Employers have increasingly been including arbitration agreements in their contracts with their workers. These clauses require the worker to give up any right to sue their employer in court, instead of requiring them to pursue all legal disputes in arbitration, where employers have significant advantages over their workers.
Because arbitration was initially designed as a way to resolve disputes between businesses, it was not set up to handle classes of plaintiffs, and as a result, most people tend to interpret arbitration clauses as automatically banning class arbitration.
But a new data breach lawsuit filed against Lamps Plus alleges employees should be able to file class arbitrations, as long as the arbitration agreement does not specifically ban class arbitration.
The case involves a class of workers who are attempting to sue Lamps Plus for allegedly failing to properly secure their IRS information, which was stolen in a data breach. The case went before the U.S. District Court for the Central District of California, wherein the company tried to have the case moved to arbitration, but the plaintiffs claimed the arbitration agreement was invalid and asked to be certified as a class. The court partially ruled in favor of Lamps Plus by agreeing to enforce the arbitration agreement, but it also ruled that the case could go forward as a class arbitration.
The decision was appealed to the Ninth Circuit Court of Appeals, which agreed with the lower court to enforce the arbitration agreement, but on a class basis. That decision was further appealed to the U.S. Supreme Court, which has agreed to consider the case.
There isn’t much in the way of previous Supreme Court decisions on the matter, although the rulings that do exist are varied and contradictory. On the one hand, in AT&T Mobility LLC v. Concepcion, the court ruled that the Federal Arbitration Act precedes state laws banning arbitration agreements. On the other hand, the court’s 2010 ruling in the Stolt-Nielsen case said that the parties involved could not be forced into class arbitration unless a contractual basis existed for them to do so. But the decision also stated that the Stolt-Nielsen case did not define the contractual basis necessary for authorizing class arbitration.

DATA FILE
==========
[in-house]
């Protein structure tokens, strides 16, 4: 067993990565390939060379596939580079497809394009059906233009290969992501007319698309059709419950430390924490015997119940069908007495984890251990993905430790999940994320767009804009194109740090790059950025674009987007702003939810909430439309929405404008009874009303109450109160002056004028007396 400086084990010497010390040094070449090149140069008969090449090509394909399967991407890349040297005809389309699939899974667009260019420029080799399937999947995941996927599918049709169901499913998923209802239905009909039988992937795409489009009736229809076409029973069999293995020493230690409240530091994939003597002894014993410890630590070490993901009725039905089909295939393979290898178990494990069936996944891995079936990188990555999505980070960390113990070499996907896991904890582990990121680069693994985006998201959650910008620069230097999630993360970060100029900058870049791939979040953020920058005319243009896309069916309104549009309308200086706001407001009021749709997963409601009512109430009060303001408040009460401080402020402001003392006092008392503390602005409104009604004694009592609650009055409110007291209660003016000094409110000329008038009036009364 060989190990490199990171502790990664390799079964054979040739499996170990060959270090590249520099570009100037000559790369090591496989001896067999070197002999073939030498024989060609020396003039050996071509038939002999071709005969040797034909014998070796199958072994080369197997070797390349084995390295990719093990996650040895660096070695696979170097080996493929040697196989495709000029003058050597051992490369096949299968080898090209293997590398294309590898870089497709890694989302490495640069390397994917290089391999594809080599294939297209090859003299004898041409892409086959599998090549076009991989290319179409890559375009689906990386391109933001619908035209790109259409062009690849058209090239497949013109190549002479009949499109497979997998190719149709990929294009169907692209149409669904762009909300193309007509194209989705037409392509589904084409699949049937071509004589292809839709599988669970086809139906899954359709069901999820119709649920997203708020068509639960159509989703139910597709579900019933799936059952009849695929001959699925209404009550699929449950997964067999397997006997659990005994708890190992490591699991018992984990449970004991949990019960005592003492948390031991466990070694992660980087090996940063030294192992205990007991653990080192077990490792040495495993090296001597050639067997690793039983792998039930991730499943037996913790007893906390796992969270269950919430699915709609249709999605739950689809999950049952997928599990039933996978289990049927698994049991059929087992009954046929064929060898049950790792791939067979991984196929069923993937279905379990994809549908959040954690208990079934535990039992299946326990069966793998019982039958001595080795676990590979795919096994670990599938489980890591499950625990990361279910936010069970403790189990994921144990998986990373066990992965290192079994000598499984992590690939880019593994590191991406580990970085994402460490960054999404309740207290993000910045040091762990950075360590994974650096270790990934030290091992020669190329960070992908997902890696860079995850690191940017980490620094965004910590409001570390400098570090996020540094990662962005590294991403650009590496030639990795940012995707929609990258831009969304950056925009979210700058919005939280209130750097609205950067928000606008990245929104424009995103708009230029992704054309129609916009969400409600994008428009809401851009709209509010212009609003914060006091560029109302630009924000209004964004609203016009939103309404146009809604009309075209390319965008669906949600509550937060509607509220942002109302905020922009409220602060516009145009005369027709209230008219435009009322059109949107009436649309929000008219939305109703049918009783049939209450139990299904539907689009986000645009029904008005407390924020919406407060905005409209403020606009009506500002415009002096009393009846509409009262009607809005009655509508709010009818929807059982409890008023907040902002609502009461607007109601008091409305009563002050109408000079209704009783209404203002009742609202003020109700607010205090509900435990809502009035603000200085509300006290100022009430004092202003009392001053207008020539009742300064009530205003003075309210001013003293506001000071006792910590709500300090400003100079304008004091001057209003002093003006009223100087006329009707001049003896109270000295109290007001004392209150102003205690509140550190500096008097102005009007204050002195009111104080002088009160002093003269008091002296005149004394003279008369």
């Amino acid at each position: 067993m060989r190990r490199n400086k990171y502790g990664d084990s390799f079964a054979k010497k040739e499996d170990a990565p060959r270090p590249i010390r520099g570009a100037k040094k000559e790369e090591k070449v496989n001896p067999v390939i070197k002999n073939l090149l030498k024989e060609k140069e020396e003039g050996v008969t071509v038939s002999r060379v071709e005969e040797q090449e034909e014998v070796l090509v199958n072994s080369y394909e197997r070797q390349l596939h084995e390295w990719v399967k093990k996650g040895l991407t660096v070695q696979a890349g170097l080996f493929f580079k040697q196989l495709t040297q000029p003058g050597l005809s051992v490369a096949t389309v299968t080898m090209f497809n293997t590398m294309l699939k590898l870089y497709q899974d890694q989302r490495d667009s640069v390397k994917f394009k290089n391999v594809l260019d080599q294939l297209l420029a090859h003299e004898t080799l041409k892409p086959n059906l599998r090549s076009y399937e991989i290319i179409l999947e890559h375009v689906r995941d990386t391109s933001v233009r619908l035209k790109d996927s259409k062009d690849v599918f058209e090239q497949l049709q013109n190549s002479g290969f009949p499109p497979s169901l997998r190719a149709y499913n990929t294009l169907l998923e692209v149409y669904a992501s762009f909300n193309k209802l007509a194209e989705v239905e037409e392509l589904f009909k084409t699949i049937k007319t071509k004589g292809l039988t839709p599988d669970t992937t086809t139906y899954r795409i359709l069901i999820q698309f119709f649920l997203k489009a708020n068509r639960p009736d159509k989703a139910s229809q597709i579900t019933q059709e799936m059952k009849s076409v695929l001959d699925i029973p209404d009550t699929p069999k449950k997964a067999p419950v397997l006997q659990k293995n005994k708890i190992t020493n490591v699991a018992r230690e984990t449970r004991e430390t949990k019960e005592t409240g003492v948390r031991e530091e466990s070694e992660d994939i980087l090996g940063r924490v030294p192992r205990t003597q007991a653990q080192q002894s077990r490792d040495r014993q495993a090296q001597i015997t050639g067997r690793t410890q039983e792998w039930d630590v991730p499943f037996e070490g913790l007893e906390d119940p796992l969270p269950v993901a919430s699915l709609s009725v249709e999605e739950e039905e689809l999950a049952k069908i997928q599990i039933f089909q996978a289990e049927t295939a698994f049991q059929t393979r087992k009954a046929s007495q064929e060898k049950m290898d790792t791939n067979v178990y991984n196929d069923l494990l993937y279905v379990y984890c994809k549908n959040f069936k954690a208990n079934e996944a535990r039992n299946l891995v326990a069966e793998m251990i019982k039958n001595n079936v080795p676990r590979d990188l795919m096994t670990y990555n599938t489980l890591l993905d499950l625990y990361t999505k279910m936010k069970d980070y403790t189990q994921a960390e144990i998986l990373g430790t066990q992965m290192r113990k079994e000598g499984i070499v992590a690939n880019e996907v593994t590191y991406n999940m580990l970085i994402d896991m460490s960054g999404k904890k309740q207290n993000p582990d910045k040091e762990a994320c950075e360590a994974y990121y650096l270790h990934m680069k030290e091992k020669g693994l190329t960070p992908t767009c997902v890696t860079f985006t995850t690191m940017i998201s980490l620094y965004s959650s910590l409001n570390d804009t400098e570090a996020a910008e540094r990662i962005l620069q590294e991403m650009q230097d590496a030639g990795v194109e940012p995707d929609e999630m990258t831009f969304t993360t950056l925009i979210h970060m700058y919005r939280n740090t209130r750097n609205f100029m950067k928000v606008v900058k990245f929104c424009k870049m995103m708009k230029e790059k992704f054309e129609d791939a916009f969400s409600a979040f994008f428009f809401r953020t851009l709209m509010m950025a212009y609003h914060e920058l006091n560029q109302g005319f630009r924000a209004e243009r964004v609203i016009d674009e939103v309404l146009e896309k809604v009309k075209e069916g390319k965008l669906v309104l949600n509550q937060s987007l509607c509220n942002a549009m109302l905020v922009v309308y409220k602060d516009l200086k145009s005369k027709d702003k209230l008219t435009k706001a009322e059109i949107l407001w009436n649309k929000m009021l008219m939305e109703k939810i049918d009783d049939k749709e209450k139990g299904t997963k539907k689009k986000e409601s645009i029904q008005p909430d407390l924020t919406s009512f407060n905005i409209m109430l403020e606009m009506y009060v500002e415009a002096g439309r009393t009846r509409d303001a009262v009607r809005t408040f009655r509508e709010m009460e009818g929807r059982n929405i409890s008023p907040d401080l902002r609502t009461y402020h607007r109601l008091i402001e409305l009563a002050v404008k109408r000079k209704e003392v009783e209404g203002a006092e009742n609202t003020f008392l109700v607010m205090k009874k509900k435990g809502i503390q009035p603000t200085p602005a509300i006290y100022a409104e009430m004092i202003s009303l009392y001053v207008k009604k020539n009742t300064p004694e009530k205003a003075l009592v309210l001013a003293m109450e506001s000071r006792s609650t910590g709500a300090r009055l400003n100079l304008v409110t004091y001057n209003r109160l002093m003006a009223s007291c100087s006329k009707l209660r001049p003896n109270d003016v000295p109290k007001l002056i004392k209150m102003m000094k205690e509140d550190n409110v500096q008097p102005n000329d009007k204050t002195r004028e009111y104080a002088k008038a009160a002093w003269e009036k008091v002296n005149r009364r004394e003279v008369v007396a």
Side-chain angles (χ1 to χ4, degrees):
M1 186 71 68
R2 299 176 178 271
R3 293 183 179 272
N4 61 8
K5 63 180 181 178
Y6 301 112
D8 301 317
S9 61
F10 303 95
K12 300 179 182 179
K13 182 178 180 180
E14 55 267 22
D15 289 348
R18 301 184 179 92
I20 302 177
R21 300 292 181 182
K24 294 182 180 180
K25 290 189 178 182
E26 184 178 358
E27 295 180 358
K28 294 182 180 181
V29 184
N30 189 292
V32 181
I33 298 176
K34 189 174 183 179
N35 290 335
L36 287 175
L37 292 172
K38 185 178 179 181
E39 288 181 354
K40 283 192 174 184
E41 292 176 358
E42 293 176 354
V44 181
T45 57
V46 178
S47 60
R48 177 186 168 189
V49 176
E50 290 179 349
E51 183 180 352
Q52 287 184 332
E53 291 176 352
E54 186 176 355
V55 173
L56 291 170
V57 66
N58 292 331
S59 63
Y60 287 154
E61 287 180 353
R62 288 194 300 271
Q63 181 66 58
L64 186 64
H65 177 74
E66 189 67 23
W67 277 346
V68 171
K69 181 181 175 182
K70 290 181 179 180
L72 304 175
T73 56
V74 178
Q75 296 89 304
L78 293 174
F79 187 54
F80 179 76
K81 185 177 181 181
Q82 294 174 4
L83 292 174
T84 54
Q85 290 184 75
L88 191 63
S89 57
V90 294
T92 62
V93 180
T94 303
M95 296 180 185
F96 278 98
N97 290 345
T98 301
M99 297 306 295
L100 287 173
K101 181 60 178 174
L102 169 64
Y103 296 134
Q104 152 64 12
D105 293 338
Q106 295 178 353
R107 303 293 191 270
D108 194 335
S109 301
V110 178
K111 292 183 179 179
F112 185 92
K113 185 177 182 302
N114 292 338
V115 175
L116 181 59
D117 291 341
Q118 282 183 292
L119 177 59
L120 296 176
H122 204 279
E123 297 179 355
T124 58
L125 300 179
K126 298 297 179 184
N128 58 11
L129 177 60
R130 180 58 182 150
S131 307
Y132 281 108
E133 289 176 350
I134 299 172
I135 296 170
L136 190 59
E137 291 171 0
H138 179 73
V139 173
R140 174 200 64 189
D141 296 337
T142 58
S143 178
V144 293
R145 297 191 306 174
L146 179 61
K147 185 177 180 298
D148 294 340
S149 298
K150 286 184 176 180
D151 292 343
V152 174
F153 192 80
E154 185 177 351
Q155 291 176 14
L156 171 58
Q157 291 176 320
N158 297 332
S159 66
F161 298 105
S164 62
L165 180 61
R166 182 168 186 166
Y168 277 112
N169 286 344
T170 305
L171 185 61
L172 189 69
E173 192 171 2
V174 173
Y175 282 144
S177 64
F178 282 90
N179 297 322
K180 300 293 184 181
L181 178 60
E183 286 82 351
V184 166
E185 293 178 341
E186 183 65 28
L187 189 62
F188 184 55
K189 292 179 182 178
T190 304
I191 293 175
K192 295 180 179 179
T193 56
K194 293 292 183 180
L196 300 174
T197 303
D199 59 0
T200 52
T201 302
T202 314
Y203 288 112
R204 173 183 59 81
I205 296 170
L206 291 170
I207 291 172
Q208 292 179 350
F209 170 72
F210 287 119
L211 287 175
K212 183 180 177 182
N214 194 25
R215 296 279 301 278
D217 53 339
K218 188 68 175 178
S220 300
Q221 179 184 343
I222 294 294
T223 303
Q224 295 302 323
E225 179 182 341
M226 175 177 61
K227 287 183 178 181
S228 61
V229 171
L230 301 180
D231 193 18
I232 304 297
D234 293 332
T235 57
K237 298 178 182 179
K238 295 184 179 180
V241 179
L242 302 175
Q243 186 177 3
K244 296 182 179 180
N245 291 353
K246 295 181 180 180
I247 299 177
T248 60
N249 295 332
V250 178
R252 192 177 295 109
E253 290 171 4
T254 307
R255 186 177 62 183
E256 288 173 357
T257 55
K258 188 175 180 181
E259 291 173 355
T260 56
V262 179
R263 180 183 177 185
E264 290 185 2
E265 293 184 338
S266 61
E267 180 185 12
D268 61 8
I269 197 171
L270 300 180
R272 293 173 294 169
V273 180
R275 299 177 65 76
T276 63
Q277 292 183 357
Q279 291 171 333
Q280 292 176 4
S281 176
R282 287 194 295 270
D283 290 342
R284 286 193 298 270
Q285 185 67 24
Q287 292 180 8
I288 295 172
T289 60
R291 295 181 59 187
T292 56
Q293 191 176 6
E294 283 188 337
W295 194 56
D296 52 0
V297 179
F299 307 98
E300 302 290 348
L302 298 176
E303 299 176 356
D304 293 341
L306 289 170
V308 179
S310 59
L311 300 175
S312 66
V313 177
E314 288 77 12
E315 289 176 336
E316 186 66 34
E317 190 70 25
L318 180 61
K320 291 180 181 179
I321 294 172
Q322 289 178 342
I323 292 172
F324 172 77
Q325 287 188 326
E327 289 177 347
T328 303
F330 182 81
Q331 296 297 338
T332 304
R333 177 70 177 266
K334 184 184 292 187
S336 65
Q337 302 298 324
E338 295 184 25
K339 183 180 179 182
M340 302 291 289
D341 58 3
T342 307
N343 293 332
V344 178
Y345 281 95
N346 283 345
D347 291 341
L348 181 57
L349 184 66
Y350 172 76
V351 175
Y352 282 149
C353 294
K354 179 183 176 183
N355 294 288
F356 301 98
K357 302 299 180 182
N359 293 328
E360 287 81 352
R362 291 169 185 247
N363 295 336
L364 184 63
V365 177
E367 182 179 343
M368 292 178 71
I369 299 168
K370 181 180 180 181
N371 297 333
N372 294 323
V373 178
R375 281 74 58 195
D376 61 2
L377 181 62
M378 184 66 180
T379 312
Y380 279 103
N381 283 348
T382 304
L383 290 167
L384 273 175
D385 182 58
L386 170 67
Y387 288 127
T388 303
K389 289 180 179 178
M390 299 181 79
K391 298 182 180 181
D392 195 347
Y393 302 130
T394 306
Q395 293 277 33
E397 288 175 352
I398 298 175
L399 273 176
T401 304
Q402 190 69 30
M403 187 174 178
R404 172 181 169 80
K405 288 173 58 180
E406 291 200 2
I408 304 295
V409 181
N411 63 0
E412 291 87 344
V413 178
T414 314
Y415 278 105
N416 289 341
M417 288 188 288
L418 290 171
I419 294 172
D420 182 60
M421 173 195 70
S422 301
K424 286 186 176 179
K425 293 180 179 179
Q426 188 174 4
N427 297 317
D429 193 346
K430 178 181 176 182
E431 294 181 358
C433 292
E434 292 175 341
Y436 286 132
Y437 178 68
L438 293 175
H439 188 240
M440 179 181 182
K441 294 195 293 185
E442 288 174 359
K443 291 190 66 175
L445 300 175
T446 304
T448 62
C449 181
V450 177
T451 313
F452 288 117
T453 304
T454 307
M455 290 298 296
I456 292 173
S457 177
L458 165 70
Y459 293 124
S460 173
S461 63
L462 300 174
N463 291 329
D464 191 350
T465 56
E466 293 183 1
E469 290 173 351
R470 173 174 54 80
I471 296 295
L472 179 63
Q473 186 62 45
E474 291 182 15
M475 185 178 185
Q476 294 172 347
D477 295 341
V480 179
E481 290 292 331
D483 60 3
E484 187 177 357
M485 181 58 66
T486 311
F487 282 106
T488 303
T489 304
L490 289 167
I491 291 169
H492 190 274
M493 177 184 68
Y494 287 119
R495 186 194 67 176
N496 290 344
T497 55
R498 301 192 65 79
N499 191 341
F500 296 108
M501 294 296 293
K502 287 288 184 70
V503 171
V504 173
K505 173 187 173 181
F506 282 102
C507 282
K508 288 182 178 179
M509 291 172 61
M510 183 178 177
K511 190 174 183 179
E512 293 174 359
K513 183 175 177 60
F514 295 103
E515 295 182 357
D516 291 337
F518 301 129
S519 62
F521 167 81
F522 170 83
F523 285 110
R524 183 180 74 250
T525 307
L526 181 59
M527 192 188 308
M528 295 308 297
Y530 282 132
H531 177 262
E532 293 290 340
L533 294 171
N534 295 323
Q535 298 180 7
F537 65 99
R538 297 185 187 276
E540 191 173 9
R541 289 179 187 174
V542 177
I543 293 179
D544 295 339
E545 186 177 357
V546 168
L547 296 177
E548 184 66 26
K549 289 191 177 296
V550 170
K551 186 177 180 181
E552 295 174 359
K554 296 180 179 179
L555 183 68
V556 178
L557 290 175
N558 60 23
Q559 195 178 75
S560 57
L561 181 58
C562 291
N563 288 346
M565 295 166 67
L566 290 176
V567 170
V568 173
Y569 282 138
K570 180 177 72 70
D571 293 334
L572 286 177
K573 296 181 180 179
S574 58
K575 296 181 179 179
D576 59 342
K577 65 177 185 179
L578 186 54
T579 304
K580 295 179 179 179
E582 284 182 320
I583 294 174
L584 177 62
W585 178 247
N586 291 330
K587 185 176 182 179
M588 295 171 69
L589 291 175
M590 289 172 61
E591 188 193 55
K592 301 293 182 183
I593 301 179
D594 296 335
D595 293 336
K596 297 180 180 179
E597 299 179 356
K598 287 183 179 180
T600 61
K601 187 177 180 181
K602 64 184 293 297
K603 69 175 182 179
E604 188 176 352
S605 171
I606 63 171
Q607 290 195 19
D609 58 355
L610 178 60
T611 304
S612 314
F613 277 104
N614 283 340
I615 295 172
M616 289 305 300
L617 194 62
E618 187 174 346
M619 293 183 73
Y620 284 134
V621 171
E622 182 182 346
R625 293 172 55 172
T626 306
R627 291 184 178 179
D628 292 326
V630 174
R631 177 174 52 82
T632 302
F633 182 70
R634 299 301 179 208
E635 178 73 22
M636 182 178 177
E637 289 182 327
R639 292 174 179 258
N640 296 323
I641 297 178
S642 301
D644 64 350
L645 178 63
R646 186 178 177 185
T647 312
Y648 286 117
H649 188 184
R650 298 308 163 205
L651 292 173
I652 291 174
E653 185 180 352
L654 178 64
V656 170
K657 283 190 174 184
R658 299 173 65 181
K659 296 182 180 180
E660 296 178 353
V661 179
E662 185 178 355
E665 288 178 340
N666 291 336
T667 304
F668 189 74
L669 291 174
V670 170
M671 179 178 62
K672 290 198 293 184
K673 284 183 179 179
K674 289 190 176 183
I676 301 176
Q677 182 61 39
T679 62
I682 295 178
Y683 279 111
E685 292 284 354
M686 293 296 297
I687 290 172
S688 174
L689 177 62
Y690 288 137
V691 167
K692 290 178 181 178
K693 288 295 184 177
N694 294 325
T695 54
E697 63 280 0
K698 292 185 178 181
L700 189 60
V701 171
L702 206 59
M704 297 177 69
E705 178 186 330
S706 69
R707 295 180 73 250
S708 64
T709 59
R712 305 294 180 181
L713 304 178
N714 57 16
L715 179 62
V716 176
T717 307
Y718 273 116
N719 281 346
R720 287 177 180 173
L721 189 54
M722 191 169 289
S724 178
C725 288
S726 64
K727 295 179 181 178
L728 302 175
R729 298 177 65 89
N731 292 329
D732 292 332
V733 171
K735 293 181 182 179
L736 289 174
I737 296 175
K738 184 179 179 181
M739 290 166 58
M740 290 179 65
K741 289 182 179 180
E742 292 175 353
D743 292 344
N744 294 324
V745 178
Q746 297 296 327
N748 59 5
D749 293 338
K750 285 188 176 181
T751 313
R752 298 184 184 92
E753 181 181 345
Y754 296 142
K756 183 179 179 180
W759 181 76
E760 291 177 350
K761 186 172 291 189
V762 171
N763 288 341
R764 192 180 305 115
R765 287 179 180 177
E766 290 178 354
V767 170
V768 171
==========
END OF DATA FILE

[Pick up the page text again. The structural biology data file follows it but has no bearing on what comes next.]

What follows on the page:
Jeremy Heisler, an attorney representing the plaintiffs, has said in a statement that he is not optimistic about the chances of the court ruling in favor of class arbitration. Lately, the courts have been strongly in favor of arbitration over litigation, and he’s afraid that trend will continue in the current legal dispute between Lamps Plus and its employees.
Even if the court does allow for class arbitration, it’s not likely to make much of a difference in the long run. While most arbitration agreements as they exist today don’t specifically ban class arbitrations, if the Supreme Court rules in favor of class arbitrations, companies will probably start scrambling to include clauses that specifically ban class arbitration. Employees might reap the benefits of a favorable ruling for a short while between the decision and companies rewriting all their employment contracts, but they’ll have to act quickly.
At the same time, the Supreme Court is getting ready to rule on another case related to whether the provision of the National Labor Relations Act (NLRA) that guarantees employees the right to engage in concerted activity means employers can’t require them to waive their right to the class action. If the court rules in the plaintiffs’ favor in that case, it would render the case against Lamps Plus moot because the arbitration would not be allowed in any form.
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